Bilbao, Spain is now known for one thing, and one thing only. That may not be fair to this city, but it’s true. The Guggenheim Museum, designed by Frank Gehry, changed this port city.
It was a misty day today, but the museum put on a show anyway. The building bends and flows rather like the river next to it.
The architecture here is the star. The modern art inside it is, well, modern art. It ranged from interesting to heavens, no.
The highway between San Sebastian and Bilbao reveals why the Basque don’t feel terribly connected to Spain. The mountains and hills kept the Basque people to themselves for a very long time. They have their own language, their own traditions, and their own food. Many signs are in four languages — Basque, Spanish, French, and English. There are more Basque flags on display than Spanish flags. Many Catalonian flags are also being flown in solidarity, as Catalonia prepares to announce its independence from Spain on Monday. The Basque region may eventually follow Catalonia’s lead.
We’re back in San Sebastian for the night and decided to try pintxo spots on our own. The displays of offerings range from a dozen types in small bars to several dozen in larger establishments. The locals know the specialties of each place. That seems like a fun hobby. We wandered around for several hours.
We watched the sunset over the Bay of Biscay and were serenaded with “I Wish You Love” played on the saw. Yep. The saw. It was perfect in an odd way.
We sat for a bit as it turned dark and watched the families play together in a square in one of the neighborhoods. San Sebastian has won us over with its very warm and friendly people, the beauty of the architecture, the river, the sea, and the food. This place is a winner!
Before we take these trips, we read books, we read blogs, we watch videos, we study maps, and we think we are ready. We were not prepared for San Sebastian, Spain. All the guide books and videos focus on the old town, the pintxos bars, and the lovely walk by the water. It looks quaint and charming. That’s true as far as it goes, but San Sebastian is a very big city! The shops aren’t selling trinkets, they are selling high-end clothing and jewelry. The apartment buildings are luxurious with balconies and floor-to-ceiling windows. There is money here.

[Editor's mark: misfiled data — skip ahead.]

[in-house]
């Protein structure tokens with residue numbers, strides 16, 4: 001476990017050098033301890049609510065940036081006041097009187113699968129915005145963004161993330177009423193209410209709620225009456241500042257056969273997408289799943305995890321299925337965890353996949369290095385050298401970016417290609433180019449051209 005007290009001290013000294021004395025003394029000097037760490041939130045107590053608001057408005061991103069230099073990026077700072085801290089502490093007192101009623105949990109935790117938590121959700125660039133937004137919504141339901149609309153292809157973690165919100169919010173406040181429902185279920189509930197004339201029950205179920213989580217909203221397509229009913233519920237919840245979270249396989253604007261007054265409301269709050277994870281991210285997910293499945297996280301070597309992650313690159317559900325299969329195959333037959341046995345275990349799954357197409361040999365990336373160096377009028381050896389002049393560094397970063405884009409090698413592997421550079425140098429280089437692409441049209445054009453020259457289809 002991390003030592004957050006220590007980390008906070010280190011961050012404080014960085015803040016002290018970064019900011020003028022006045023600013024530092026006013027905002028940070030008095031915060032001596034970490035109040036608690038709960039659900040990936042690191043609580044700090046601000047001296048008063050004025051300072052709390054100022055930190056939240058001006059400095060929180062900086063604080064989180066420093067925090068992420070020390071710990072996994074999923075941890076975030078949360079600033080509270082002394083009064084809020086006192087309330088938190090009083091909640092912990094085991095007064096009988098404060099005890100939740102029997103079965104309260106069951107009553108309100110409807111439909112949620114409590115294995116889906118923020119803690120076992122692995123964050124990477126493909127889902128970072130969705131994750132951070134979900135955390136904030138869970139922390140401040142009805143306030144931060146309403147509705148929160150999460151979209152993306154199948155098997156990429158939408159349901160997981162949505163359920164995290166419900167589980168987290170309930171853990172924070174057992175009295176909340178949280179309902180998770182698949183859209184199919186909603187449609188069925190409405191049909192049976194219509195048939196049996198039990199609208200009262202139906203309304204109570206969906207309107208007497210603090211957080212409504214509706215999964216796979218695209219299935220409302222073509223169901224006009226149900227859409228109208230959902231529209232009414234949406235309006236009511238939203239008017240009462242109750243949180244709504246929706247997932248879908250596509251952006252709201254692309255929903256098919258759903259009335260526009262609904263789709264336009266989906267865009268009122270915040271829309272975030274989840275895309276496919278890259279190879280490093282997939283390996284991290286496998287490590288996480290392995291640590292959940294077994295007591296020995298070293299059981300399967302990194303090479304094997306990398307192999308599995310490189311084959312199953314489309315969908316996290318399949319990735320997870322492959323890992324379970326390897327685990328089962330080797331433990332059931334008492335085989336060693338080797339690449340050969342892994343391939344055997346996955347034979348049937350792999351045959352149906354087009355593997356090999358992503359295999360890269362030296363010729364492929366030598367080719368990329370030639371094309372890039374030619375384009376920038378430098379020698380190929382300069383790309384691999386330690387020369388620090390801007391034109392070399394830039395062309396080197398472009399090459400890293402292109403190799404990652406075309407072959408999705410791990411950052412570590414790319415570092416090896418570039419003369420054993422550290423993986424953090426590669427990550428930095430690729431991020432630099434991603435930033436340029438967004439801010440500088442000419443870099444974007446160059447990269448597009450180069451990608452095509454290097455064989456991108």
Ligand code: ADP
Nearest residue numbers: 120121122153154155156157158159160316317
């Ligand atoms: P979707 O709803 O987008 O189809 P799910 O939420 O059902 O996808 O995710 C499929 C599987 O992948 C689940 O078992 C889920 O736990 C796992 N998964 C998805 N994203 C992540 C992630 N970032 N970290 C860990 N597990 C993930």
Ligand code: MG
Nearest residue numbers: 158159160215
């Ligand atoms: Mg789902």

We got a bit lost trying to find our accommodations once we parked in the parking garage the owner had recommended. We stepped into a corner shop to ask directions. They looked on their phones and then called the owner to talk to him and let him know we were on our way.
We then got a touch lost again and stepped into another shop. The fellow walked out of his shop to show us the way. We are very grateful for the kindness of strangers.
We went to our first pintxos restaurant once we had dropped of our bags. It was even better than expected. Pintxos are individual servings of savory foods. (Don’t call them tapas unless you want to offend the people here.) We had squid fritters, potatoes with three sauces, and Iberico ham on toasted bread that was covered with shredded tomatoes. Super! It was a fine introduction.
We then tried to walk off some of pintxos by strolling around the old part of town and over by the water. The town is garden-filled and many of the streets are tree-lined.
This evening we took an organized pintxo tour that was a Christmas gift for Jim. We went to six pintxo bars and had two or three types of pintxos at each place. If you are interested, we can send you the names of the places and would recommend them all. Rather than list all 15-20 dishes we tried, we’ll spend a few calories telling you about a few of our favorites or the most interesting ones.
I guess I listed most everything. It was a perfect evening, with lovely people from around the world who laughed and enjoyed the setting and the company of fellow travelers. What a stellar night!